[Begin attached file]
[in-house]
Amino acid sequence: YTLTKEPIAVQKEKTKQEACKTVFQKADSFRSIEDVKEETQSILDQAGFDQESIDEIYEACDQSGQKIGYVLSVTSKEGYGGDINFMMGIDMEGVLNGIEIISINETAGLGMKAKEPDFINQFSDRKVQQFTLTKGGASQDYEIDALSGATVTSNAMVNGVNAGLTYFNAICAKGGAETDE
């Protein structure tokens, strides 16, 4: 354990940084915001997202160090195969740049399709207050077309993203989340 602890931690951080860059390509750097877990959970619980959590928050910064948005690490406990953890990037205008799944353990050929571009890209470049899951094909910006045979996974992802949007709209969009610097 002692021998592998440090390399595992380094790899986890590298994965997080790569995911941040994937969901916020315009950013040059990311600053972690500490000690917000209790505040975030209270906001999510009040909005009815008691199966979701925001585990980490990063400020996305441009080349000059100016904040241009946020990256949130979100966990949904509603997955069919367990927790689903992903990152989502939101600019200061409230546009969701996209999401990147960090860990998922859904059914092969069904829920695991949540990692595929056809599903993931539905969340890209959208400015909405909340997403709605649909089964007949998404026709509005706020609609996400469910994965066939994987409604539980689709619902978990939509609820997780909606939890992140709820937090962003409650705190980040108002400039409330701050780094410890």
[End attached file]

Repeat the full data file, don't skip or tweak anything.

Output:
[in-house]
Amino acid sequence: YTLTKEPIAVQKEKTKQEACKTVFQKADSFRSIEDVKEETQSILDQAGFDQESIDEIYEACDQSGQKIGYVLSVTSKEGYGGDINFMMGIDMEGVLNGIEIISINETAGLGMKAKEPDFINQFSDRKVQQFTLTKGGASQDYEIDALSGATVTSNAMVNGVNAGLTYFNAICAKGGAETDE
């Protein structure tokens, strides 16, 4: 354990940084915001997202160090195969740049399709207050077309993203989340 602890931690951080860059390509750097877990959970619980959590928050910064948005690490406990953890990037205008799944353990050929571009890209470049899951094909910006045979996974992802949007709209969009610097 002692021998592998440090390399595992380094790899986890590298994965997080790569995911941040994937969901916020315009950013040059990311600053972690500490000690917000209790505040975030209270906001999510009040909005009815008691199966979701925001585990980490990063400020996305441009080349000059100016904040241009946020990256949130979100966990949904509603997955069919367990927790689903992903990152989502939101600019200061409230546009969701996209999401990147960090860990998922859904059914092969069904829920695991949540990692595929056809599903993931539905969340890209959208400015909405909340997403709605649909089964007949998404026709509005706020609609996400469910994965066939994987409604539980689709619902978990939509609820997780909606939890992140709820937090962003409650705190980040108002400039409330701050780094410890």